Norfolk Legislative Assembly

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Norfolk Legislative Assembly
Coat of arms or logo
Type
Type
Leadership
Speaker
David Buffett, Non-partisan
Structure
Seats 9
Norfolk_Island_Assembly_Diagram.svg
Political groups
     Non-partisans (9)
Meeting place
Old Military Barracks, Quality Row, Kingston, Norfolk Island, South Pacific
Website
www.norfolk.gov.nf
Norfolk COA.png
This article is part of a series on the
politics and government of
Norfolk Island

The Norfolk Legislative Assembly is the prime legislative body of Norfolk Island. Formed after the Norfolk Island Act 1979 was passed in the Australian parliament, its first members were elected on the tenth of August 1979.[1] The current assembly is the 14th, and was elected on 13 March 2013.[2][3]

Membership[edit]

The assembly has 9 members, elected for a three-year term. The assembly is elected by a popular vote for a term of not more than three years. Electors each have nine equal votes, which can be divided in any way between candidates, but no more than two votes may be given to any particular individual candidate. Some call this variation of cumulative voting the "weighted first past the post system".

All nine seats are held by independents, as Norfolk Island does not have major political parties. However, a local branch of the Australian Labor Party is active.

On 20 March 2013, the first meeting of the 14th Legislative Assembly elected Chief Minister, Speaker and Deputy Speaker:[4]

Planned Abolition[edit]

In March 2015, the Australian government announced that the Assembly would be replaced with a regional council, as part of a plan to bring the governance of Norfolk Island into line with the rest of Australia. A five person Community Advisory Council would be set up to manage the transition, with Chief Minister Snell and Speaker Buffett being invited to be members.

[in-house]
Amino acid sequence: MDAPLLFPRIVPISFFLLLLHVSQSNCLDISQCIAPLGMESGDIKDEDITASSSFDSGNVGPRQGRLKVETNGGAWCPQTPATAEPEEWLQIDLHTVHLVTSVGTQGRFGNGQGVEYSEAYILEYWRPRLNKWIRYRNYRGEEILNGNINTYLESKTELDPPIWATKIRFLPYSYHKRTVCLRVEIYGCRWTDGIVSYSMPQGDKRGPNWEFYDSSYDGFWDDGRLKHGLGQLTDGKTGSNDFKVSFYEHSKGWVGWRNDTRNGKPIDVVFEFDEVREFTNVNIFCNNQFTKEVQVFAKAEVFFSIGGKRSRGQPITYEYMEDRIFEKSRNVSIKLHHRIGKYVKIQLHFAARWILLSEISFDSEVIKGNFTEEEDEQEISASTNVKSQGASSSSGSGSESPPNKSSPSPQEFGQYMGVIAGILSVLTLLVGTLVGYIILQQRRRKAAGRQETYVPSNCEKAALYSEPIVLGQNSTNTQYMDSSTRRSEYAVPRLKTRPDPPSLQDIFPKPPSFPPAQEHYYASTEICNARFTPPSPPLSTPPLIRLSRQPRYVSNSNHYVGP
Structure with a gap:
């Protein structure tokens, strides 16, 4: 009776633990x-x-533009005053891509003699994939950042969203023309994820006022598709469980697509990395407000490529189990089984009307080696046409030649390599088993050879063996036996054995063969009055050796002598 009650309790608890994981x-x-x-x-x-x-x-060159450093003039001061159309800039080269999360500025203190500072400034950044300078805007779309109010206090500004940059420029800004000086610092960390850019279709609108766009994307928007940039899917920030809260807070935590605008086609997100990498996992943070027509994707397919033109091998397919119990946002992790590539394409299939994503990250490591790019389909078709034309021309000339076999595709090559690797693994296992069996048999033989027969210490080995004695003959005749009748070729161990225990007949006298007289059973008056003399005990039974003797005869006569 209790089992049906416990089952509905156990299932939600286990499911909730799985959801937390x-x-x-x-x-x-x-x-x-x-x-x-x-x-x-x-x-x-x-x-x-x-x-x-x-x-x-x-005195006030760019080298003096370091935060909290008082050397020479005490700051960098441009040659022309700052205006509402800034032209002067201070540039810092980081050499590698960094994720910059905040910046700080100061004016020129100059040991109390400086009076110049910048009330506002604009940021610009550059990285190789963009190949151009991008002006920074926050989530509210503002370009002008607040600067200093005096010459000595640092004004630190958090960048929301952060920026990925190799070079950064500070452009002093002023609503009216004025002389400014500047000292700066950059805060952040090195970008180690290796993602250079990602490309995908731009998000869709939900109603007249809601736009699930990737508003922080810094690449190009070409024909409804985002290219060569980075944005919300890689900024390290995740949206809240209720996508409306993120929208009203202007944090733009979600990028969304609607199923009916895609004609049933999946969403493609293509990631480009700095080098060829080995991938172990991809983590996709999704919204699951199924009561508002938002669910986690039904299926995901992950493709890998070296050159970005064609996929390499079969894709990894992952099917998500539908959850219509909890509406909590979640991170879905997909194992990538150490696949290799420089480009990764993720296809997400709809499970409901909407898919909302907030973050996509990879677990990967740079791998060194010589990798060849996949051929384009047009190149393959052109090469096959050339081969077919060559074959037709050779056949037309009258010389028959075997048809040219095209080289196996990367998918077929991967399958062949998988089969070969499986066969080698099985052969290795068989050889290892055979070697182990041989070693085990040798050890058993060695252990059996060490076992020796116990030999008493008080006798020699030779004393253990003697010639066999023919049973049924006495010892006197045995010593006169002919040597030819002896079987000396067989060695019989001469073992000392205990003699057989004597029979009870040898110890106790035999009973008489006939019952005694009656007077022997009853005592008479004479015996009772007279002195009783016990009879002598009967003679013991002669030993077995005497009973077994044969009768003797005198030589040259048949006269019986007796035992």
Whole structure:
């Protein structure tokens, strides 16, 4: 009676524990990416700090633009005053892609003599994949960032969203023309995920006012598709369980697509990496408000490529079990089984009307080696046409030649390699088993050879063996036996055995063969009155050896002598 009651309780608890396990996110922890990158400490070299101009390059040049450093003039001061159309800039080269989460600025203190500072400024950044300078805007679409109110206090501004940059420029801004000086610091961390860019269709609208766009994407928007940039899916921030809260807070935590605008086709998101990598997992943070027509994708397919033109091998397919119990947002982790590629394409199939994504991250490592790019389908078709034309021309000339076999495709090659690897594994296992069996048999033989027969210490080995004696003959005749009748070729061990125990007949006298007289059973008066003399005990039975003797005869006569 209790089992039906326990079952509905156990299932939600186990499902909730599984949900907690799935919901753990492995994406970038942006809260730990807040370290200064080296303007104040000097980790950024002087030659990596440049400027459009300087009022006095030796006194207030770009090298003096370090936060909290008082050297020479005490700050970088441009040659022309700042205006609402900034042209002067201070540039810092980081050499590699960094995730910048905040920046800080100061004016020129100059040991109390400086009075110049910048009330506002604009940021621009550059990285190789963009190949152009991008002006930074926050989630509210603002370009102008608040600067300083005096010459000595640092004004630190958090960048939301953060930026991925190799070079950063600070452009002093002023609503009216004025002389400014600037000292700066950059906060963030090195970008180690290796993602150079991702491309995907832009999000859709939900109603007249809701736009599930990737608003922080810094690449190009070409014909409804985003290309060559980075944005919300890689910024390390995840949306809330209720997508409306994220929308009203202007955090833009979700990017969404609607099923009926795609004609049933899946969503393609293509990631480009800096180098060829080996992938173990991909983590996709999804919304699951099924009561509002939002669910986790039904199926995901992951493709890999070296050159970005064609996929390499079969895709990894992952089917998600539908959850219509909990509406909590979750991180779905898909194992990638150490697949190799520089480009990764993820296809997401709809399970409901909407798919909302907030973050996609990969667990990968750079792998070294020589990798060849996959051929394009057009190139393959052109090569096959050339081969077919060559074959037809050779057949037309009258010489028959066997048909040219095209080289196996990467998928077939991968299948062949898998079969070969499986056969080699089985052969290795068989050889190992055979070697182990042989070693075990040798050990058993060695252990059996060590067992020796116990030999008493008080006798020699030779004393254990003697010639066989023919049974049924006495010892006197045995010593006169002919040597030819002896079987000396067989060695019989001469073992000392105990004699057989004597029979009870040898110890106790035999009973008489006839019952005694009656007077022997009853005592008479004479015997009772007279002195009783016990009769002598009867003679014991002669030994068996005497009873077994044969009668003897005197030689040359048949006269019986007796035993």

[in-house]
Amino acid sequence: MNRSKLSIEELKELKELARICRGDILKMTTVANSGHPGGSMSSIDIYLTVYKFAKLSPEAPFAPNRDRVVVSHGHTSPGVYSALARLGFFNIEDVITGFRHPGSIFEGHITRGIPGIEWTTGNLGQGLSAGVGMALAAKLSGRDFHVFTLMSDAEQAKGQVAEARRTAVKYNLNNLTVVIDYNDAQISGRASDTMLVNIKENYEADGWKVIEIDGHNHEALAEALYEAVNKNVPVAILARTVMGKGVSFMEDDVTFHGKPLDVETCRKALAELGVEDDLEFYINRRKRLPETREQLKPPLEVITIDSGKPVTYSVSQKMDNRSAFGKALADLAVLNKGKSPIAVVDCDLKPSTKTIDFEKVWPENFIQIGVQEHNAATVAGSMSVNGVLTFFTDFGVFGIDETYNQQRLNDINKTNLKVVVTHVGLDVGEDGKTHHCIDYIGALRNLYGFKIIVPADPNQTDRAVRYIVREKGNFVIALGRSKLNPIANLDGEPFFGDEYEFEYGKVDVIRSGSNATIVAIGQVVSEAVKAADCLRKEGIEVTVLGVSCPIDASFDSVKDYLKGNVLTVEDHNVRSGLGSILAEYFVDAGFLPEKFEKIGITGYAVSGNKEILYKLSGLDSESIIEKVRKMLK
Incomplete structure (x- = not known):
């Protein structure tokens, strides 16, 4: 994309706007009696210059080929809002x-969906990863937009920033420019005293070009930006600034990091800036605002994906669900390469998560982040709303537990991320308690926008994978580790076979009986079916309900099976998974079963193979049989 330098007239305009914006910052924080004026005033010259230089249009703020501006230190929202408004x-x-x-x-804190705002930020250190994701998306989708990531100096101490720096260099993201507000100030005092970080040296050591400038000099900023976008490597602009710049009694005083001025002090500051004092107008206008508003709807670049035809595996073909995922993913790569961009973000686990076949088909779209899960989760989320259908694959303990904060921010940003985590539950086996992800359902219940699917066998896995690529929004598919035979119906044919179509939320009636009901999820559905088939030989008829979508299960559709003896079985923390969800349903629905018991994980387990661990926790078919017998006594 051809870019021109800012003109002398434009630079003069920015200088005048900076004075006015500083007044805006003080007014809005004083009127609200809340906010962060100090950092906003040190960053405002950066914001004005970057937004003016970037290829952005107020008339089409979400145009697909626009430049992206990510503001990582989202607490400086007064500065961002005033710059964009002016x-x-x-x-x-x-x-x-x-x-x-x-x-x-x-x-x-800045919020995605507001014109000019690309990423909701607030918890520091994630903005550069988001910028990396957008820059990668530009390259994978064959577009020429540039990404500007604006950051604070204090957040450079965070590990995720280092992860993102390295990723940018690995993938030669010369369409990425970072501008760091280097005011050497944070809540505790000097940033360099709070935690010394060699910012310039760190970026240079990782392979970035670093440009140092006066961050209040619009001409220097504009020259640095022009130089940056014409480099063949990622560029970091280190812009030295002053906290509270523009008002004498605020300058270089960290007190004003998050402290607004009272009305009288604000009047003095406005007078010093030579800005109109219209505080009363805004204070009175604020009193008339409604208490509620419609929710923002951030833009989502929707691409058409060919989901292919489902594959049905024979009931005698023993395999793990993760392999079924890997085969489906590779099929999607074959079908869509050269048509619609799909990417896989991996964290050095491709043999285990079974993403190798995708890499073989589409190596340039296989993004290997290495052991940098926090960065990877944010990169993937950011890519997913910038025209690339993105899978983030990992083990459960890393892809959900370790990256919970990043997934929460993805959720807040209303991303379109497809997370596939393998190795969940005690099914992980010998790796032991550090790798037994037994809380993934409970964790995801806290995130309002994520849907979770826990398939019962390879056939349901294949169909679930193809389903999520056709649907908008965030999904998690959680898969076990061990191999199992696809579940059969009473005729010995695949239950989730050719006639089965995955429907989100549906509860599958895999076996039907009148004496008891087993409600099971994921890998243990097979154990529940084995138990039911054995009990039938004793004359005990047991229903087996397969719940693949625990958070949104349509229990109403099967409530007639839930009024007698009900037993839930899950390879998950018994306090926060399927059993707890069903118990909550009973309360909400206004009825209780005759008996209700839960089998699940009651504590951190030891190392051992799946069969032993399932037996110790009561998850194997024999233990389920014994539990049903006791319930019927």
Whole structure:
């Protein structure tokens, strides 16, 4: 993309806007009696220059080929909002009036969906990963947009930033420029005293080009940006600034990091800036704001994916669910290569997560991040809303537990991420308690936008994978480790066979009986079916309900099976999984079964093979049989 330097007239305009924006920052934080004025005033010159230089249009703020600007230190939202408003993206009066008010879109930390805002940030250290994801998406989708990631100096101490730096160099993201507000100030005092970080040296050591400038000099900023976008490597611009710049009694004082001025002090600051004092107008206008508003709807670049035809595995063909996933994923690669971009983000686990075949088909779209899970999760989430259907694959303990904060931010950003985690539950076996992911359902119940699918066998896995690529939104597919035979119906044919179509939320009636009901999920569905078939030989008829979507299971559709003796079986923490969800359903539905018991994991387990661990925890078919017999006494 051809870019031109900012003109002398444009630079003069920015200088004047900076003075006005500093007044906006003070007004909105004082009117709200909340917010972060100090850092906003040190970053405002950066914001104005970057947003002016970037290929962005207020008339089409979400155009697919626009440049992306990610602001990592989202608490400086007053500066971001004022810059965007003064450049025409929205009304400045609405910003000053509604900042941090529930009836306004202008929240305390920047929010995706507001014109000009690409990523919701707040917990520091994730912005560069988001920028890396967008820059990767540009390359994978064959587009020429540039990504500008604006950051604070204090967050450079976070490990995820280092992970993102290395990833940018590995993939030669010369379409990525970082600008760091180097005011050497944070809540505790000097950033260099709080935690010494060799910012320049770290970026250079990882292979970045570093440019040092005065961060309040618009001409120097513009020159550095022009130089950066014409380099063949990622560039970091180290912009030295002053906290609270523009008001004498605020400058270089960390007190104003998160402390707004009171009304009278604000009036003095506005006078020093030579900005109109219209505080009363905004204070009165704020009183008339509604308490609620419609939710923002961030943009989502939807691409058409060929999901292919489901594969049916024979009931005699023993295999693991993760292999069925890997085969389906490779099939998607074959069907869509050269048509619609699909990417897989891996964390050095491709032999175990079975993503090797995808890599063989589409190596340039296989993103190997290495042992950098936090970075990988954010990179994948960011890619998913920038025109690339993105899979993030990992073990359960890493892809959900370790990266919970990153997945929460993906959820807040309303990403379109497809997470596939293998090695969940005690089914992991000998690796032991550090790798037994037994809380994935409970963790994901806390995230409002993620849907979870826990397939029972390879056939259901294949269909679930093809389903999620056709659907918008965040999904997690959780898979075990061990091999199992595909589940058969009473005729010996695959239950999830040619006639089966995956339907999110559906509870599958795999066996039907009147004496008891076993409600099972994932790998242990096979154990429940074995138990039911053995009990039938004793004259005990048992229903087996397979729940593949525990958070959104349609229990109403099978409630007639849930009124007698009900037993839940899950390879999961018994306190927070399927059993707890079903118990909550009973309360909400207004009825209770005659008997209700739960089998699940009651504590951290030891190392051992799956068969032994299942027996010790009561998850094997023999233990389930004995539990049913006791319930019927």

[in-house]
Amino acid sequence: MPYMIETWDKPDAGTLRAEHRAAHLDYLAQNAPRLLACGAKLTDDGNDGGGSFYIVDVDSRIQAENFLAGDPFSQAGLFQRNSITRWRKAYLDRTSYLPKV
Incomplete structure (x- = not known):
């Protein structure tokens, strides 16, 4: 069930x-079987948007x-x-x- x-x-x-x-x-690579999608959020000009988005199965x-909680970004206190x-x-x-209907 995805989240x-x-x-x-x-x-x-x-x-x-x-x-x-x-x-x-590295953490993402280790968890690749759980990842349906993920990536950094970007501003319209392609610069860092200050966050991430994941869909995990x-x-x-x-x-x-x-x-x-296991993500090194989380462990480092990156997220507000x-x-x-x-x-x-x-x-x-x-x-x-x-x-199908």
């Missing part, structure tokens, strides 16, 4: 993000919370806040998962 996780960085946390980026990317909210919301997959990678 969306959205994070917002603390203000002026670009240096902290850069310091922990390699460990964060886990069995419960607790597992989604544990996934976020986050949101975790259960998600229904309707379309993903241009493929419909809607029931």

In 2014, Snell travelled to Canberra to argue against a complete change to the arrangements governing the island. He did not oppose the island joining Australia's tax and welfare system, but maintained that it should retain similar powers to a state or territory government.[5]

Notes[edit]

  1. ^ "Assembly". Norfolk.gov.nf. Retrieved 27 June 2010. 
  2. ^ "Members". Norfolk.gov.nf. 28 March 2007. Retrieved 27 June 2010. 
  3. ^ "Election 2010". Election.gov.nf. Retrieved 27 June 2010. 
  4. ^ "INAUGURAL SITTING OF THE FOURTEENTH LEGISLATIVE ASSEMBLY and ANNOUNCEMENT OF NEW NORFOLK ISLAND 14th ASSEMBLY MINISTERS publisher=norfolkonlinenews.com". 20 March 2013. Retrieved 7 May 2013. 
  5. ^ Glenday, James (2015-03-19). "Norfolk Island residents to pay income tax, parliament will be replaced by local council under Cabinet plan". ABC News (Australian Broadcasting Corporation). Retrieved 2015-03-19. 

Elections[edit]

  • 5 votes as a majority are required to pass legislation.


e • d Summary of the 21 March 2007 Norfolk Legislative Assembly election results
Members Seats
Non-partisans 9
Total (turnout 91.2 %) 9

See also[edit]

External links[edit]